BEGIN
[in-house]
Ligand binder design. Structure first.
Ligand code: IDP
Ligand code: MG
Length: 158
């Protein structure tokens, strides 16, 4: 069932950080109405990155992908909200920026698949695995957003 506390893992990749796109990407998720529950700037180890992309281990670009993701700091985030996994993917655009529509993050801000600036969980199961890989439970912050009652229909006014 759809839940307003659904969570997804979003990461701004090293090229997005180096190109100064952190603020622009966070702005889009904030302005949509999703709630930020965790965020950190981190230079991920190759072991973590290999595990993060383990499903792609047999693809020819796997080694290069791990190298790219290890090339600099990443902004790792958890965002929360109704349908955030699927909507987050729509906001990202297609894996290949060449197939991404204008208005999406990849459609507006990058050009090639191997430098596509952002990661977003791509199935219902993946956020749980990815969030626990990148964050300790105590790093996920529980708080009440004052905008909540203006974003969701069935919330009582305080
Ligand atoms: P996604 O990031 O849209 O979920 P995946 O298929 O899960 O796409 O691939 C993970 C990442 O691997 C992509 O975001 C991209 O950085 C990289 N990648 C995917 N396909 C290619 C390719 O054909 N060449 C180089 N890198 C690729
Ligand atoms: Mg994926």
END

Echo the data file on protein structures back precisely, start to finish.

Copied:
[in-house]
Ligand binder design. Structure first.
Ligand code: IDP
Ligand code: MG
Length: 158
């Protein structure tokens, strides 16, 4: 069932950080109405990155992908909200920026698949695995957003 506390893992990749796109990407998720529950700037180890992309281990670009993701700091985030996994993917655009529509993050801000600036969980199961890989439970912050009652229909006014 759809839940307003659904969570997804979003990461701004090293090229997005180096190109100064952190603020622009966070702005889009904030302005949509999703709630930020965790965020950190981190230079991920190759072991973590290999595990993060383990499903792609047999693809020819796997080694290069791990190298790219290890090339600099990443902004790792958890965002929360109704349908955030699927909507987050729509906001990202297609894996290949060449197939991404204008208005999406990849459609507006990058050009090639191997430098596509952002990661977003791509199935219902993946956020749980990815969030626990990148964050300790105590790093996920529980708080009440004052905008909540203006974003969701069935919330009582305080
Ligand atoms: P996604 O990031 O849209 O979920 P995946 O298929 O899960 O796409 O691939 C993970 C990442 O691997 C992509 O975001 C991209 O950085 C990289 N990648 C995917 N396909 C290619 C390719 O054909 N060449 C180089 N890198 C690729
Ligand atoms: Mg994926």